Contestations and conflicts over the meaning of disaster justice during the 2011 Bangkok floods

Dr Danny Marks, Assistant Professor at Dublin City University

[This piece is abridged from a journal article originally published by the author in Asia Pacific Viewpoint, entitled “Contested notions of disaster justice during the 2011 Bangkok floods: Unequal risk, unrest and claims to the city”]


An elderly woman in a low-income Bangkok community stated during an interview: “The government unfairly divided people [during the floods]. People in the inner city are big people and big rich companies but they did not protect the small people.”

In this quotation, a victim of the 2011 Bangkok floods, like many others on the outskirts of the city, felt that the state’s governance of the flood was unfair because her neighbourhood was badly flooded whereas others were protected. During the floods, some died, became injured or sick, while others experienced financial and emotional distress. Still others were barely affected while those who lived in the inner city were spared. This article examines different perceptions of disaster justice in a non-western context where a complex range of cultural and modern issues interplay and explores the ways in which these perceptions affect vulnerability to and conflicts related to disasters.

The Thailand state’s response to the floods followed a hierarchical approach to justice, which resulted in some people and places, according to their position in national society, being protected at the expense of others, independent of geographical factors. This approach stemmed from the country’s historical social ranking system, royal nationalism and socioeconomic inequality.

However, various Bangkok residents subscribed to a more egalitarian notion of disaster justice, where people should share burdens and have equitable access to decision-making over the distribution of risk. Friction between these two views led to contestations during the floods

People gather around a barrier made of sandbags as floods advance in Bangkok October 22, 2011. Image: REUTERS/Chaiwat Subprasom

For example, the Thai government, who ascribed to the hierarchical notion of justice, sought to keep the inner districts, deemed the most elite space in the city and home to the palace, Parliament House, luxurious shopping malls, and the most-respected temples,  completely free from flooding, even though that meant the outskirts of Bangkok, where the majority of low-income communities reside, bore the brunt of the flooding. The decision to protect the inner city caused hardship and suffering for these residents. Sandbag walls caused the floodwater to rise and pond, and the water became stagnant, dirty, and full of mosquitoes. As this situation lasted over two months, residents of these communities were affected in various ways. Businesses were disrupted and some community members became ill and even died.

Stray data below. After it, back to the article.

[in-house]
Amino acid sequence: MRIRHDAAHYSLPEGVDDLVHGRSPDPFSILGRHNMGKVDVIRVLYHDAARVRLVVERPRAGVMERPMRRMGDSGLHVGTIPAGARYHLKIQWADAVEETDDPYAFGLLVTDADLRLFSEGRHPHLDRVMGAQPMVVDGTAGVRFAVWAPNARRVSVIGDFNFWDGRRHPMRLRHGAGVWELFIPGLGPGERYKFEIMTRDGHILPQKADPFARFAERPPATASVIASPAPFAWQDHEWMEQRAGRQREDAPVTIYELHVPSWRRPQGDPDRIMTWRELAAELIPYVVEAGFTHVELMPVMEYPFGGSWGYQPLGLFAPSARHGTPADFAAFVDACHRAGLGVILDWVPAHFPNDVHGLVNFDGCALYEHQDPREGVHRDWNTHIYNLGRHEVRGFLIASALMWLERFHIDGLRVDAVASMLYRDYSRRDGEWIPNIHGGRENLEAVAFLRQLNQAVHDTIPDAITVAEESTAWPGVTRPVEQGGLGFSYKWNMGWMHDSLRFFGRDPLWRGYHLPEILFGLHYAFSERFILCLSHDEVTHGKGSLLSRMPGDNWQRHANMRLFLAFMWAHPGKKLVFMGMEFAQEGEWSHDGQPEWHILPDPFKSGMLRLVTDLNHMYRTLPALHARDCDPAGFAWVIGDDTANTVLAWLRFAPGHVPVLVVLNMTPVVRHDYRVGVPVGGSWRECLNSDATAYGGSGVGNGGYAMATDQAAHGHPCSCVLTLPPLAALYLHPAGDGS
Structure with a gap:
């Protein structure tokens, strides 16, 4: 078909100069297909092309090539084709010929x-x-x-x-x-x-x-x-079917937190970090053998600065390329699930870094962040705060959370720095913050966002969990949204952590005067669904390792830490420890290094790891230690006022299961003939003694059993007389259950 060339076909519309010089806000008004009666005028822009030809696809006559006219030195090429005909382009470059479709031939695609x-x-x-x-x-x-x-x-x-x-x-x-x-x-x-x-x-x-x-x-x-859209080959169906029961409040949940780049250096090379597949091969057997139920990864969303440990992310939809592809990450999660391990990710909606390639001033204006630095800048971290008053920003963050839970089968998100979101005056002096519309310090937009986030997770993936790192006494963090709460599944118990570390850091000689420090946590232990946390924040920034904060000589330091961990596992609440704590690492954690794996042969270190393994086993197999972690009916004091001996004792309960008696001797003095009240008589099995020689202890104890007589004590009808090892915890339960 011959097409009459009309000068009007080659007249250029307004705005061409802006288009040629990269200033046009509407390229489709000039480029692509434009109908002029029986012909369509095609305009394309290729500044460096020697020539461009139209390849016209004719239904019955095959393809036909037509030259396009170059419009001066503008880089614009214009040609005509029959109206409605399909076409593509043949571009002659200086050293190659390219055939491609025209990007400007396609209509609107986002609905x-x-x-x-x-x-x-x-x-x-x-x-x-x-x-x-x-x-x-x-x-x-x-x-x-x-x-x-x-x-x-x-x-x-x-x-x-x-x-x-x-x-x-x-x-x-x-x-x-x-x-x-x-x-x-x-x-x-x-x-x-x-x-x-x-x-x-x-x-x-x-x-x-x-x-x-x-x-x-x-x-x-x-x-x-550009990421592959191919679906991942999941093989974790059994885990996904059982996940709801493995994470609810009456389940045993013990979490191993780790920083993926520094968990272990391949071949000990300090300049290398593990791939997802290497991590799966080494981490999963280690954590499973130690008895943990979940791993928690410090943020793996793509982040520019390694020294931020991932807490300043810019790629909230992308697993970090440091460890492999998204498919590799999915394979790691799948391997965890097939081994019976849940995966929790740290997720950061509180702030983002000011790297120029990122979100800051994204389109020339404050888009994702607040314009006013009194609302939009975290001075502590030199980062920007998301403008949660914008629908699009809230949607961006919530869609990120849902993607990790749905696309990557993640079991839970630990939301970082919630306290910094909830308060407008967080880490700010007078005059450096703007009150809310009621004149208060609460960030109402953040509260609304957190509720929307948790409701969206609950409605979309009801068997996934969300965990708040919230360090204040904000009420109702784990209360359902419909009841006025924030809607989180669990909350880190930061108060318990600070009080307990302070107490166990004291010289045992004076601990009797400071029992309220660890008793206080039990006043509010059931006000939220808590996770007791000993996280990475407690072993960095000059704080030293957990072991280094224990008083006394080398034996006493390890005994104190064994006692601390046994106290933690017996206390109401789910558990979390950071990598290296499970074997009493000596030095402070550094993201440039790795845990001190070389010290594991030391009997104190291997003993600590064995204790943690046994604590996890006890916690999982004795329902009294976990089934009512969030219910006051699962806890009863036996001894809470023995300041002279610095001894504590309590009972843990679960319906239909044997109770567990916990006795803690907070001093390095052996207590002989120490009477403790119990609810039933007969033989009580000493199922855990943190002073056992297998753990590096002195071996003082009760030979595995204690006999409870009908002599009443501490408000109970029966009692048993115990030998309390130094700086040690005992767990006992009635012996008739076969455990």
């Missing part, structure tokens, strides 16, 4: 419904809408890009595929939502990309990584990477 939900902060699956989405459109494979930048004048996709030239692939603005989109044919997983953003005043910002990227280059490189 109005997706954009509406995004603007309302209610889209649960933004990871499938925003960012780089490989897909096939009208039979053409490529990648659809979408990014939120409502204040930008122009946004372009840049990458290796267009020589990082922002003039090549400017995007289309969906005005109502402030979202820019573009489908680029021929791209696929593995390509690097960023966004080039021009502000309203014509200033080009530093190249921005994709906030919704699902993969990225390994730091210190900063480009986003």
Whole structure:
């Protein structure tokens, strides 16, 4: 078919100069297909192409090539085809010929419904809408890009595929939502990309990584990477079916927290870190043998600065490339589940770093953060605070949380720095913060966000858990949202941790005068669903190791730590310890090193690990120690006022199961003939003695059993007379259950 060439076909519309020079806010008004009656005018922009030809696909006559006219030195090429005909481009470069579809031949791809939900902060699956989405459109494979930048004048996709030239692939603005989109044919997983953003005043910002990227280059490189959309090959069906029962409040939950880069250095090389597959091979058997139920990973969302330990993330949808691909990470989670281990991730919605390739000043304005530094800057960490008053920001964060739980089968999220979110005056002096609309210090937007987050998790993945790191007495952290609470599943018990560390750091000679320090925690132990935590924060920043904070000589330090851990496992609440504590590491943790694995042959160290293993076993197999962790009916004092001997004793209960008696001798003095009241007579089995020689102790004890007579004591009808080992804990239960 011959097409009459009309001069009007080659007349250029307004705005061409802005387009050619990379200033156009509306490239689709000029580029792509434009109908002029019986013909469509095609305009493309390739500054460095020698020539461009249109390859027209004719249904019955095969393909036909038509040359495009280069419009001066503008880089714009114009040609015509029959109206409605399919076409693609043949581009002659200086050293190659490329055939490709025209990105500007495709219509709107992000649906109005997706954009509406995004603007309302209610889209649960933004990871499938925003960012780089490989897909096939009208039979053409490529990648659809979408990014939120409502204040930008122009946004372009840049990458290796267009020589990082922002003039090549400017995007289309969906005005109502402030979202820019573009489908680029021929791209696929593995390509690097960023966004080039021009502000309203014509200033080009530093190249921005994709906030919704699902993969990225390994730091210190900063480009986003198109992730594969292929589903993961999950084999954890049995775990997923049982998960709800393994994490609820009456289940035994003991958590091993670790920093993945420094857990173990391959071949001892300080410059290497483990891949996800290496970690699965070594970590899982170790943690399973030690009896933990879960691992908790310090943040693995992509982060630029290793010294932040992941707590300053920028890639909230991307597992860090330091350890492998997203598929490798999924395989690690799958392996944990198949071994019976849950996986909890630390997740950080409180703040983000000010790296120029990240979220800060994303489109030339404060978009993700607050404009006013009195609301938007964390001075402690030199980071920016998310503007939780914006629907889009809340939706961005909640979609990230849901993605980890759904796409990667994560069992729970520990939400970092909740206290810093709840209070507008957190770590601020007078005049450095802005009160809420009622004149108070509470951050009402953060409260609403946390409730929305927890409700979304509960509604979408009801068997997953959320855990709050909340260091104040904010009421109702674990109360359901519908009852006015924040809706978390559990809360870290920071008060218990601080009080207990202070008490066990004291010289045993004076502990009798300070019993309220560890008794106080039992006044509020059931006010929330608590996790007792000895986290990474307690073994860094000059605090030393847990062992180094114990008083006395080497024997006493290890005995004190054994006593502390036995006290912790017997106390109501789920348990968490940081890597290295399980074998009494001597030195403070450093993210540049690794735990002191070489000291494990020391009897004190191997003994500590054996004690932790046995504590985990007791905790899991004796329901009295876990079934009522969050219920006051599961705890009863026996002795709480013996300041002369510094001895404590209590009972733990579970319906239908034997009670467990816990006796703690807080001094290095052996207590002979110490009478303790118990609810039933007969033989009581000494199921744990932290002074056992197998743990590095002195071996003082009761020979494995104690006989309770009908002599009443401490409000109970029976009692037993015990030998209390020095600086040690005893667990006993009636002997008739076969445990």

Protecting the inner city generated significant discontent among residents in the city’s outskirts.  They felt that the government’s actors were unfair. In various flooded districts, communities collectively organized to contest the governance of the floods. Overall, 85 flood-related protests occurred in Bangkok.  During some of these protests, protesters broke down sandbag walls to reduce levels of flooding, improve water quality, and improve access to aid. For example, in one community in northern Bangkok, participants rode on boats to the wall and held a public hearing and a symbolic unanimous vote to remove the sandbags since the government did not consult them before placing the wall. They also chanted “We are quality citizens of Bangkok too”, demanding that the government recognise them as equal citizens of Bangkok. They demanded that the government respect their constitutional and human rights, including the right of movement (since the wall blocked transportation), the right to their livelihoods (since the wall blocked them from receiving food supplies, and reduced employment possibilities), and the right to a public hearing. After the government had failed to respond positively, protesters broke down the sandbag wall outside their community.

Overall, these protests show that the elite no longer had a monopoly on approaches to justice. Ordinary citizens and local leaders, affected by the social, economic and environmental effects of the floodwalls, contested the meaning of justice. They articulated the importance of equality, inclusive citizenship, and state culpability for mismanagement to contest the destructive inequity of the government’s flood management decision-making. Counter-notions of justice emphasised that vulnerability to floods should be more equitable and the right to the city shared by all. While proponents of these alternative notions had only limited successes, these successes offered hope and pointed a way forward for reforming the governance of flooding, and thus of the city.

Dr Danny Marks is an Assistant Professor of Environmental Politics and Policy in the School of Law and Government of Dublin City University. His research interests are political ecology, environmental justice, climate governance, disaster risk reduction, with a focus on Southeast Asia.

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